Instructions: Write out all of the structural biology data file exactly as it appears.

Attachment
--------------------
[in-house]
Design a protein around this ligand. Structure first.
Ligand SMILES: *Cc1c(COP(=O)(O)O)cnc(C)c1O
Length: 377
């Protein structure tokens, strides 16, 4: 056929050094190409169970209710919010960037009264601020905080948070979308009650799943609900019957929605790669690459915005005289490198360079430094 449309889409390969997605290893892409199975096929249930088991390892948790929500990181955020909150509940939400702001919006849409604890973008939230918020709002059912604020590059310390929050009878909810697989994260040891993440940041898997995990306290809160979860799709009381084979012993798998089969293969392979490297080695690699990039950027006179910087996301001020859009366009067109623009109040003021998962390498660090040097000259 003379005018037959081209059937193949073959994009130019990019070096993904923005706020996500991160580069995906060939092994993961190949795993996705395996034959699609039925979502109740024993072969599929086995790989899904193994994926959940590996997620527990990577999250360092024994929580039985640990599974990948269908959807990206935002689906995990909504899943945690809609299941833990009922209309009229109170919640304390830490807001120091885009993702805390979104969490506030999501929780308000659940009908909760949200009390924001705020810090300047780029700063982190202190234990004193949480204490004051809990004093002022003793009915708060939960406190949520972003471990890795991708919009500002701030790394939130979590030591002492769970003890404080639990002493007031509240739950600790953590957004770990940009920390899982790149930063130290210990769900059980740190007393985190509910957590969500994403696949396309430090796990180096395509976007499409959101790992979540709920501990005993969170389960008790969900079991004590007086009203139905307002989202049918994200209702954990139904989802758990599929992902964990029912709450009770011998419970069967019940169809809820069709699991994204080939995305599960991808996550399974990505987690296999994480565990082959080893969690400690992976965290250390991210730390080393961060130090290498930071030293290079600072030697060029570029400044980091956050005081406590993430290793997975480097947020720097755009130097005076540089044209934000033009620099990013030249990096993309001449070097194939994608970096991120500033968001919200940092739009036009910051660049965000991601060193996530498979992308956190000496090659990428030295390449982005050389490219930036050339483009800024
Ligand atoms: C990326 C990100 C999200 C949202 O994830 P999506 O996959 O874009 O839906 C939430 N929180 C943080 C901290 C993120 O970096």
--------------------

[in-house]
Design a protein around this ligand. Structure first.
Ligand SMILES: *Cc1c(COP(=O)(O)O)cnc(C)c1O
Length: 377
């Protein structure tokens, strides 16, 4: 056929050094190409169970209710919010960037009264601020905080948070979308009650799943609900019957929605790669690459915005005289490198360079430094 449309889409390969997605290893892409199975096929249930088991390892948790929500990181955020909150509940939400702001919006849409604890973008939230918020709002059912604020590059310390929050009878909810697989994260040891993440940041898997995990306290809160979860799709009381084979012993798998089969293969392979490297080695690699990039950027006179910087996301001020859009366009067109623009109040003021998962390498660090040097000259 003379005018037959081209059937193949073959994009130019990019070096993904923005706020996500991160580069995906060939092994993961190949795993996705395996034959699609039925979502109740024993072969599929086995790989899904193994994926959940590996997620527990990577999250360092024994929580039985640990599974990948269908959807990206935002689906995990909504899943945690809609299941833990009922209309009229109170919640304390830490807001120091885009993702805390979104969490506030999501929780308000659940009908909760949200009390924001705020810090300047780029700063982190202190234990004193949480204490004051809990004093002022003793009915708060939960406190949520972003471990890795991708919009500002701030790394939130979590030591002492769970003890404080639990002493007031509240739950600790953590957004770990940009920390899982790149930063130290210990769900059980740190007393985190509910957590969500994403696949396309430090796990180096395509976007499409959101790992979540709920501990005993969170389960008790969900079991004590007086009203139905307002989202049918994200209702954990139904989802758990599929992902964990029912709450009770011998419970069967019940169809809820069709699991994204080939995305599960991808996550399974990505987690296999994480565990082959080893969690400690992976965290250390991210730390080393961060130090290498930071030293290079600072030697060029570029400044980091956050005081406590993430290793997975480097947020720097755009130097005076540089044209934000033009620099990013030249990096993309001449070097194939994608970096991120500033968001919200940092739009036009910051660049965000991601060193996530498979992308956190000496090659990428030295390449982005050389490219930036050339483009800024
Ligand atoms: C990326 C990100 C999200 C949202 O994830 P999506 O996959 O874009 O839906 C939430 N929180 C943080 C901290 C993120 O970096």